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Psychological Pain, Depression, and Suicide: Recent Evidences and Future Directions

  • Ismael Conejero
  • Emilie Olié
  • Raffaella Calati
  • Déborah Ducasse
  • Philippe Courtet
Mood Disorders (E Baca-Garcia, Section Editor)
  • 329 Downloads
Part of the following topical collections:
  1. Topical Collection on Mood Disorders

Abstract

Purpose of Review

The definition of psychological pain is complex. It is a lasting unpleasant and unsustainable feeling characterized by a perception of inability or deficiency of the self, as well as frustrated psychological needs and social disconnection. The aim of our review was to summarize the most recent and updated findings supporting the role of psychological pain in the pathophysiology of depression and suicidal behavior. We also explored the relationship between psychological and physical pain in depression and suicide.

Recent Findings

Psychological pain is a prominent dimension of depressive disorder and has been associated with higher risk of suicidal ideation and suicidal behavior. Sensitivity to psychological and physical pain is increased in depression. Conversely, higher tolerance to physical pain is associated with suicidal behavior.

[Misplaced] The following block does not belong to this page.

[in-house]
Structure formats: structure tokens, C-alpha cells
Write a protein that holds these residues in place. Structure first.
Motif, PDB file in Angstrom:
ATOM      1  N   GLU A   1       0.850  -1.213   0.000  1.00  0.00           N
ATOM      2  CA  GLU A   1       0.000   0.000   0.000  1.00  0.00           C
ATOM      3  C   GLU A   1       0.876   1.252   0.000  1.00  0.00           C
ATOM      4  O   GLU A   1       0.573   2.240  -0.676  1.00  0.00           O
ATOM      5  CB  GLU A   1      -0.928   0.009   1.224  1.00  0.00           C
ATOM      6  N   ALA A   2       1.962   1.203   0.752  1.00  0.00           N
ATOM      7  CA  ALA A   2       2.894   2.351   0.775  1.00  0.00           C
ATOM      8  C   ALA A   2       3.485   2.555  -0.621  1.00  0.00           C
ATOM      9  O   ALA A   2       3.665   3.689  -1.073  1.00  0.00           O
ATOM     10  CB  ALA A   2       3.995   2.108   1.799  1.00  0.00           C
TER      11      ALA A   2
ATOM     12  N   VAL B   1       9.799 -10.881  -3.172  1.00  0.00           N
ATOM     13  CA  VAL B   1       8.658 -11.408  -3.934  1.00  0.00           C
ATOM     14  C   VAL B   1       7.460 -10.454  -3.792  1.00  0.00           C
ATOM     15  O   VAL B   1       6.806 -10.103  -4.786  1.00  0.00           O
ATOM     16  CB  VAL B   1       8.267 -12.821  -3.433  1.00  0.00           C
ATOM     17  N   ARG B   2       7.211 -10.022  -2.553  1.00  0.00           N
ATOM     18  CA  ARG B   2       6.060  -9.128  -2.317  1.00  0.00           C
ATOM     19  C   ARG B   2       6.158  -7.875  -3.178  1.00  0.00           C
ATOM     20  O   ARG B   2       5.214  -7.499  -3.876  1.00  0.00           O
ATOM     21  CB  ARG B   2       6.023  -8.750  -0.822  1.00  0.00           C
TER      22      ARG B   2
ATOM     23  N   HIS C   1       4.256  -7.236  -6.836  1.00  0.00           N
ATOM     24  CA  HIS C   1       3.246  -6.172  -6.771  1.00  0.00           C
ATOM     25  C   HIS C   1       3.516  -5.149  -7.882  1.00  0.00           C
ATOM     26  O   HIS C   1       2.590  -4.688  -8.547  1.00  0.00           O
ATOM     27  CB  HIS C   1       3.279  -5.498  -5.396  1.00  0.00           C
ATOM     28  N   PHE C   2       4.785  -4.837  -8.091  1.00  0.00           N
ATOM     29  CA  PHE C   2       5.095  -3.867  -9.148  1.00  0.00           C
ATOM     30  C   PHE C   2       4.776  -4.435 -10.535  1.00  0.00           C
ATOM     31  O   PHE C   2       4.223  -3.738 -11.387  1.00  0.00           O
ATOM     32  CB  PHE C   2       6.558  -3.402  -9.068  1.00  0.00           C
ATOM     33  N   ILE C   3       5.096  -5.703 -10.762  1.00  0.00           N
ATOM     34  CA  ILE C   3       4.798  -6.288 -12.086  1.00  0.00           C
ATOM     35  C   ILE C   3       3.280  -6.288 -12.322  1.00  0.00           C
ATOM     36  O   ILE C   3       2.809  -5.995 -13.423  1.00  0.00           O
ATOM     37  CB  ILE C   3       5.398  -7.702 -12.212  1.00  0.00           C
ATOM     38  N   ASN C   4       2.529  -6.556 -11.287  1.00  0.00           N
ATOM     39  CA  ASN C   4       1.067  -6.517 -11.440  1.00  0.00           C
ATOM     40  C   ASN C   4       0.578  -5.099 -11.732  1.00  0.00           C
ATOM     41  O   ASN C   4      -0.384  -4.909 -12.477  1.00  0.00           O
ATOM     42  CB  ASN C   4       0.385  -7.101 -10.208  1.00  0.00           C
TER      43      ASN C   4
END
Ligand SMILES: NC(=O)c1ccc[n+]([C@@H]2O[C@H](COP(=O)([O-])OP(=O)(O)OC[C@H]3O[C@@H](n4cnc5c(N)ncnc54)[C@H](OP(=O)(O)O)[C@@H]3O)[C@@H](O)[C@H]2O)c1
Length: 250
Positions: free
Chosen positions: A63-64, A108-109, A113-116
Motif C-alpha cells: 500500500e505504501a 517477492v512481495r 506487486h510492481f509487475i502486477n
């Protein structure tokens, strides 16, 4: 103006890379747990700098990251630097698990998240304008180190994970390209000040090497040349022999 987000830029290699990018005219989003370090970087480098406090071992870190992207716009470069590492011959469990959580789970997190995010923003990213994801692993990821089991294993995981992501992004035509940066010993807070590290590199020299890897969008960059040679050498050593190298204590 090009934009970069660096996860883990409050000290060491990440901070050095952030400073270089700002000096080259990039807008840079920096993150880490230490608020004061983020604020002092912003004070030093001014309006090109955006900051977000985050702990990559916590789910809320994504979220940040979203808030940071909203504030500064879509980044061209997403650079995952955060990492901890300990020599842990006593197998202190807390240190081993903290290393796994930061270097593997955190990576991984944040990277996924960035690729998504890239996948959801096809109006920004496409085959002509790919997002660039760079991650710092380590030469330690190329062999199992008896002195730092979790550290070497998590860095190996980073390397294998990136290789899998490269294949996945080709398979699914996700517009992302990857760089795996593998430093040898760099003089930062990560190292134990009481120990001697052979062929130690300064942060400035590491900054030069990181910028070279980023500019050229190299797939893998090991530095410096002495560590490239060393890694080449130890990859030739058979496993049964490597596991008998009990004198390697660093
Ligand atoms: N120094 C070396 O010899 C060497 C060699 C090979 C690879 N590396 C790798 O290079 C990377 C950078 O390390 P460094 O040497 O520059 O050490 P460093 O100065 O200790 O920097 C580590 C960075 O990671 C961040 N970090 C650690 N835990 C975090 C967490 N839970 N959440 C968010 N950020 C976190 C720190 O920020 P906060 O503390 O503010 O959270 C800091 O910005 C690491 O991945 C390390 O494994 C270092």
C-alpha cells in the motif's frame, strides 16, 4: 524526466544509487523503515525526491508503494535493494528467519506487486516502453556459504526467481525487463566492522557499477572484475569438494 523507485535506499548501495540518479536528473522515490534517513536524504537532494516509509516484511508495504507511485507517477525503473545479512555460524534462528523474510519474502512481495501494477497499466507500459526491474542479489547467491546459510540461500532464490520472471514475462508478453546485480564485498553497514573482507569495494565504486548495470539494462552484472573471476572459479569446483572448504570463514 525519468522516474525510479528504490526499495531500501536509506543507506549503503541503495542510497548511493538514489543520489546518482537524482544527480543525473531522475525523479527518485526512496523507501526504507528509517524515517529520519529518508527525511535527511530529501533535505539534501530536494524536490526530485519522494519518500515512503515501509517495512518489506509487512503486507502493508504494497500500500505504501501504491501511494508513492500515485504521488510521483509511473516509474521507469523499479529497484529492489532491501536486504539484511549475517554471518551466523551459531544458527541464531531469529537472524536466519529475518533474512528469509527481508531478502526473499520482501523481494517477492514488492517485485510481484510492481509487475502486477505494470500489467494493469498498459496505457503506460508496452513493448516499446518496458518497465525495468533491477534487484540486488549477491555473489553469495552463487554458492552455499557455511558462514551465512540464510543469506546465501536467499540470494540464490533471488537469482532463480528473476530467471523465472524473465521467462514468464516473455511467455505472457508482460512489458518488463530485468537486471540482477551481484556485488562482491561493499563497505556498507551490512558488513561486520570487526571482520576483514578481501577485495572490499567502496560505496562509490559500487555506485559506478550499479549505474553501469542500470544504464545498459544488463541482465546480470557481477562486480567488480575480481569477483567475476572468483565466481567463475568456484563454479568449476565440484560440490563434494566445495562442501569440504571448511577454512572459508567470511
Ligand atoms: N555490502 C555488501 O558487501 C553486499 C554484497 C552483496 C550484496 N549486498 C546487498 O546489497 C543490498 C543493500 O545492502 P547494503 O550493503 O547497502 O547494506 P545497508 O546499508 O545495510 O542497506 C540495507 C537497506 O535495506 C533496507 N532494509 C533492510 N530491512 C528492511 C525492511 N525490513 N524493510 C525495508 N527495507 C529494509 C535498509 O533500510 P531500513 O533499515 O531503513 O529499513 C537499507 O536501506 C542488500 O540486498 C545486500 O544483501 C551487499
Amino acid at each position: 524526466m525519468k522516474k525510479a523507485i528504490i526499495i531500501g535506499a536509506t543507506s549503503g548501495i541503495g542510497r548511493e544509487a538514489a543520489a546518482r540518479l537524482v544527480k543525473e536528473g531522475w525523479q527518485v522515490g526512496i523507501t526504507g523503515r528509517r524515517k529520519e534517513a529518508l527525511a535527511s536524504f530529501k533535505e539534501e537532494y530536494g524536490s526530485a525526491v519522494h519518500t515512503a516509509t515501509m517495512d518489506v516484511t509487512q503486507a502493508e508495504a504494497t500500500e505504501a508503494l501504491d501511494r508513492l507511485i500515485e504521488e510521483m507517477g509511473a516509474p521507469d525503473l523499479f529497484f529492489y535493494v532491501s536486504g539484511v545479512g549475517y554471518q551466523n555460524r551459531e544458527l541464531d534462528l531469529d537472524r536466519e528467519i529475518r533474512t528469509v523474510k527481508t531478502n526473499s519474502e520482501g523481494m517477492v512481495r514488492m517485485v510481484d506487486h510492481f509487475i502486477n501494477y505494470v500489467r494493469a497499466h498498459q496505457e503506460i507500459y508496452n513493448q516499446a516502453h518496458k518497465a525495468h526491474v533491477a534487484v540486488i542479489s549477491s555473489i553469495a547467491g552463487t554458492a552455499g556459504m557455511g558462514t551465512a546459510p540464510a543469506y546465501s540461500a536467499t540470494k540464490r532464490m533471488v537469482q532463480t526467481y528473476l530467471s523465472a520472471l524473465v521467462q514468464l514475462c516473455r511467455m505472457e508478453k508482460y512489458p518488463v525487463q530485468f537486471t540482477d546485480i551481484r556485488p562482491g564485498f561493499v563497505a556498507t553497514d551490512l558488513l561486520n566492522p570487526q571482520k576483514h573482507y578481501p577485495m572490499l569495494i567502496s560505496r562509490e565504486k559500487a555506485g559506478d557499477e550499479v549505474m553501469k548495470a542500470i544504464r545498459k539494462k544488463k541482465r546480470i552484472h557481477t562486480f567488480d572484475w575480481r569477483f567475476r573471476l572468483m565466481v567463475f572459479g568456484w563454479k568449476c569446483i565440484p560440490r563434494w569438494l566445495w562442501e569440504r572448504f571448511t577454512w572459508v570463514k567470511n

Summary

A better understanding of the pathophysiology of pain processing in depression and suicide offers new therapeutic options for the treatment of depression through the use of analgesic drugs.

Keywords

Psychological pain Physical pain Depression Mood disorders Suicidal ideation Suicidal behavior 

Notes

Compliance with Ethical Standards

Conflict of Interest

Ismael Conejero, Emilie Olié, Déborah Ducasse, and Philippe Courtet declare no conflict of interest.

Raffaella Calati has received a grant from the FondaMental Foundation, Créteil, France (2015–2016).

Human and Animal Rights and Informed Consent

This article does not contain any studies with human or animal subjects performed by any of the authors.

References

Papers of particular interest, published recently, have been highlighted as: • Of importance •• Of major importance

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Copyright information

© Springer Science+Business Media, LLC, part of Springer Nature 2018

Authors and Affiliations

  • Ismael Conejero
    • 1
  • Emilie Olié
    • 2
  • Raffaella Calati
    • 2
  • Déborah Ducasse
    • 2
  • Philippe Courtet
    • 2
  1. 1.Department of Psychiatry, CHU NimesUniversité MontpellierNimesFrance
  2. 2.Department of Emergency Psychiatry and Acute Care, CHU MontpellierUniversité MontpellierMontpellierFrance

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